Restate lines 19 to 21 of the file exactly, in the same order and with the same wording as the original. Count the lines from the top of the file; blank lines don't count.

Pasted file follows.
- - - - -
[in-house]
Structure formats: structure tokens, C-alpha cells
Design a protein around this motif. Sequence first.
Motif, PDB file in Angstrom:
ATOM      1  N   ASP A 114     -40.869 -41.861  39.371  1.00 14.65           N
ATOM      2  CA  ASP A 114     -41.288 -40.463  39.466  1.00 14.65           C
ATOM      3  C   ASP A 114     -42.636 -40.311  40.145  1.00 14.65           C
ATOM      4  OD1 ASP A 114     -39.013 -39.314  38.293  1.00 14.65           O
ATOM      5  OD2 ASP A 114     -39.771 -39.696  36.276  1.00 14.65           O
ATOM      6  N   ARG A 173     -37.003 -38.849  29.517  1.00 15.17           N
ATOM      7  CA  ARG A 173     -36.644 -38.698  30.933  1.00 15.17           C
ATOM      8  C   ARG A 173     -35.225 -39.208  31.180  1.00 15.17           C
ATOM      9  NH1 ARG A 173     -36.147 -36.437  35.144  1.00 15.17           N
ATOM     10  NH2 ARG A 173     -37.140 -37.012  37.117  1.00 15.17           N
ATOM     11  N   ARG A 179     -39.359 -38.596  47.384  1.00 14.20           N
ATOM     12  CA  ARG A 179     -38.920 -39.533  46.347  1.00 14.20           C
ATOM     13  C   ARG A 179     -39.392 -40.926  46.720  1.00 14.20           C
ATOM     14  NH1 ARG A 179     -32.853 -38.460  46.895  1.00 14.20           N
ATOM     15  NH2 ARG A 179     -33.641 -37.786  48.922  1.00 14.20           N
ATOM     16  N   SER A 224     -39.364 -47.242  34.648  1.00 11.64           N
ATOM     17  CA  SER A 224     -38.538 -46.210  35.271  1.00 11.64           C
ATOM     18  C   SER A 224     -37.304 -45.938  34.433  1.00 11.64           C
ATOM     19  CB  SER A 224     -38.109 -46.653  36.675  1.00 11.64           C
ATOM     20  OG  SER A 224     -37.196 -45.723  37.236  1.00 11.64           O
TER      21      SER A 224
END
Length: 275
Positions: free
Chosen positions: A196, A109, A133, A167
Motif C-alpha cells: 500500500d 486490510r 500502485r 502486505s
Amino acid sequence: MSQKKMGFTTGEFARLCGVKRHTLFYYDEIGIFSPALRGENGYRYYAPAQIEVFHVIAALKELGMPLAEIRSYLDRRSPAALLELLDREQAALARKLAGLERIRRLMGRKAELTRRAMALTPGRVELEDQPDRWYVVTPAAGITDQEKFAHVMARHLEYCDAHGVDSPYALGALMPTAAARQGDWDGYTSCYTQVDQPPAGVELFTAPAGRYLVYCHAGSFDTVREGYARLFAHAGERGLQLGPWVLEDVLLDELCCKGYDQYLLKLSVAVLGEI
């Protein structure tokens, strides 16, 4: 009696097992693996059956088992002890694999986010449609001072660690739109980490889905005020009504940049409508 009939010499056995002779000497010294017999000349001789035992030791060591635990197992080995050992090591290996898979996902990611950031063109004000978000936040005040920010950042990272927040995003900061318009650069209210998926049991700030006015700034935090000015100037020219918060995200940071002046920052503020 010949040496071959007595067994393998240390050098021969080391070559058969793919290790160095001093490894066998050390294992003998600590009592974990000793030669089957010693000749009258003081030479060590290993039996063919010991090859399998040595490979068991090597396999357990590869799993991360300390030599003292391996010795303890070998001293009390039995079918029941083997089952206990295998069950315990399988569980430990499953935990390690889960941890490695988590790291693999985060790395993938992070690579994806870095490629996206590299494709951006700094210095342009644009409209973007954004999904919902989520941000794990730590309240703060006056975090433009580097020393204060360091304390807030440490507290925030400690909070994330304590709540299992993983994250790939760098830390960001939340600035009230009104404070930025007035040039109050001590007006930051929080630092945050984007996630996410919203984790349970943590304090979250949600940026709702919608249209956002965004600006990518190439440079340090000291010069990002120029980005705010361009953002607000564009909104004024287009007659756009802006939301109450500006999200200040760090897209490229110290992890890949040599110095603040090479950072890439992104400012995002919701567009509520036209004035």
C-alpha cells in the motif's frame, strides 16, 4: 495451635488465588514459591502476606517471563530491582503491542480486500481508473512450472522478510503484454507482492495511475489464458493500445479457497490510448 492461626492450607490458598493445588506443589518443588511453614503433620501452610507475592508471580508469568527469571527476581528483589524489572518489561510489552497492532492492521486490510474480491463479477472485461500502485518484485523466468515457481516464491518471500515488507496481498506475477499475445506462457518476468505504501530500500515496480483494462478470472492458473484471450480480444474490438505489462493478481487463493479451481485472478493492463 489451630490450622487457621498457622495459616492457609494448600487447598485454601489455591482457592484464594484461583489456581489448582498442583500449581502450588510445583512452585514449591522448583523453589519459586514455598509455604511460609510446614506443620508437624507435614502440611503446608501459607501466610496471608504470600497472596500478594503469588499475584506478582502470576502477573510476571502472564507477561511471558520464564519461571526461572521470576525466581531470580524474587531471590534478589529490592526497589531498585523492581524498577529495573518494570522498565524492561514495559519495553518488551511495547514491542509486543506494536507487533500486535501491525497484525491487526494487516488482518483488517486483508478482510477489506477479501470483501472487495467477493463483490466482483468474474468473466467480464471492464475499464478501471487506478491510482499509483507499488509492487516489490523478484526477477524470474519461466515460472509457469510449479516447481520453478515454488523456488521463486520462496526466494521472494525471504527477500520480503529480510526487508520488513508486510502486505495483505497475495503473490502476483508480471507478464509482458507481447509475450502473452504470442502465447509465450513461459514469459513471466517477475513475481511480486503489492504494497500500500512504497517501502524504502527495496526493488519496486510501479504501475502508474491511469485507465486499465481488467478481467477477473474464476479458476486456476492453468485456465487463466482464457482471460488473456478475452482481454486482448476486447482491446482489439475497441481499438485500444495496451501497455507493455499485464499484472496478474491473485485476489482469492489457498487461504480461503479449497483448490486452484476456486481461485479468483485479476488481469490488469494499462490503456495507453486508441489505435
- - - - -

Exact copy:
ATOM     15  NH2 ARG A 179     -33.641 -37.786  48.922  1.00 14.20           N
ATOM     16  N   SER A 224     -39.364 -47.242  34.648  1.00 11.64           N
ATOM     17  CA  SER A 224     -38.538 -46.210  35.271  1.00 11.64           C